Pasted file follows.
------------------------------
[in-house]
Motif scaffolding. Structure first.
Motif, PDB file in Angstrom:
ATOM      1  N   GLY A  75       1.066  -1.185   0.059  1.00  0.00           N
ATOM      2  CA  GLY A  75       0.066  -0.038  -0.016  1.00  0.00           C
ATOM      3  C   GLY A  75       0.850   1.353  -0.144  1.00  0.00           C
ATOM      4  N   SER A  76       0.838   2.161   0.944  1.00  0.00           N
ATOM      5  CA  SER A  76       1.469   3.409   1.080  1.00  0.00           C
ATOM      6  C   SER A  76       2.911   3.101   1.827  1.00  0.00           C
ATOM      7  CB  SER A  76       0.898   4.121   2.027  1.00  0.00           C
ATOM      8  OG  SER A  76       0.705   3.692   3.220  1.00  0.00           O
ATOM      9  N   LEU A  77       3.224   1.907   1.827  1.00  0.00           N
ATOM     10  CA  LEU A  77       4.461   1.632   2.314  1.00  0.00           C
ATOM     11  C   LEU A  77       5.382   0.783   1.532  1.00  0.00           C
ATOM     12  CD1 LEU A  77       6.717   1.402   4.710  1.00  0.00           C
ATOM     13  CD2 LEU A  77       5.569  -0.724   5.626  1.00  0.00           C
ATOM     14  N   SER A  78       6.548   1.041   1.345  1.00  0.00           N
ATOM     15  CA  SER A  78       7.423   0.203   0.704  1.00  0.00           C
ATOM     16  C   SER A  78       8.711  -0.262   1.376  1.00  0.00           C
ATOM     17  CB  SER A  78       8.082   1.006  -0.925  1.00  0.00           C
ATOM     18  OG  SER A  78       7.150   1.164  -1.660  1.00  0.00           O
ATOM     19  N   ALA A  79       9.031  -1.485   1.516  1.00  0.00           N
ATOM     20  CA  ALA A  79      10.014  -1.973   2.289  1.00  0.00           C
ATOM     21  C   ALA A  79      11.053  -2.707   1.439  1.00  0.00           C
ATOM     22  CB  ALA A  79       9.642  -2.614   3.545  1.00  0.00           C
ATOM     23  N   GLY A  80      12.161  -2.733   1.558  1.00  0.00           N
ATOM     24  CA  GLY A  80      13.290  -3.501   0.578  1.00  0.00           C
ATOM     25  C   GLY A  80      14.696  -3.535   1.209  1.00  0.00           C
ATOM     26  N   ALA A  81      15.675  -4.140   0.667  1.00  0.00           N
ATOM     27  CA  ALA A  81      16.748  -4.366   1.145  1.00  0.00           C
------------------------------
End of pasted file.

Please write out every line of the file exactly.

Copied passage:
[in-house]
Motif scaffolding. Structure first.
Motif, PDB file in Angstrom:
ATOM      1  N   GLY A  75       1.066  -1.185   0.059  1.00  0.00           N
ATOM      2  CA  GLY A  75       0.066  -0.038  -0.016  1.00  0.00           C
ATOM      3  C   GLY A  75       0.850   1.353  -0.144  1.00  0.00           C
ATOM      4  N   SER A  76       0.838   2.161   0.944  1.00  0.00           N
ATOM      5  CA  SER A  76       1.469   3.409   1.080  1.00  0.00           C
ATOM      6  C   SER A  76       2.911   3.101   1.827  1.00  0.00           C
ATOM      7  CB  SER A  76       0.898   4.121   2.027  1.00  0.00           C
ATOM      8  OG  SER A  76       0.705   3.692   3.220  1.00  0.00           O
ATOM      9  N   LEU A  77       3.224   1.907   1.827  1.00  0.00           N
ATOM     10  CA  LEU A  77       4.461   1.632   2.314  1.00  0.00           C
ATOM     11  C   LEU A  77       5.382   0.783   1.532  1.00  0.00           C
ATOM     12  CD1 LEU A  77       6.717   1.402   4.710  1.00  0.00           C
ATOM     13  CD2 LEU A  77       5.569  -0.724   5.626  1.00  0.00           C
ATOM     14  N   SER A  78       6.548   1.041   1.345  1.00  0.00           N
ATOM     15  CA  SER A  78       7.423   0.203   0.704  1.00  0.00           C
ATOM     16  C   SER A  78       8.711  -0.262   1.376  1.00  0.00           C
ATOM     17  CB  SER A  78       8.082   1.006  -0.925  1.00  0.00           C
ATOM     18  OG  SER A  78       7.150   1.164  -1.660  1.00  0.00           O
ATOM     19  N   ALA A  79       9.031  -1.485   1.516  1.00  0.00           N
ATOM     20  CA  ALA A  79      10.014  -1.973   2.289  1.00  0.00           C
ATOM     21  C   ALA A  79      11.053  -2.707   1.439  1.00  0.00           C
ATOM     22  CB  ALA A  79       9.642  -2.614   3.545  1.00  0.00           C
ATOM     23  N   GLY A  80      12.161  -2.733   1.558  1.00  0.00           N
ATOM     24  CA  GLY A  80      13.290  -3.501   0.578  1.00  0.00           C
ATOM     25  C   GLY A  80      14.696  -3.535   1.209  1.00  0.00           C
ATOM     26  N   ALA A  81      15.675  -4.140   0.667  1.00  0.00           N
ATOM     27  CA  ALA A  81      16.748  -4.366   1.145  1.00  0.00           C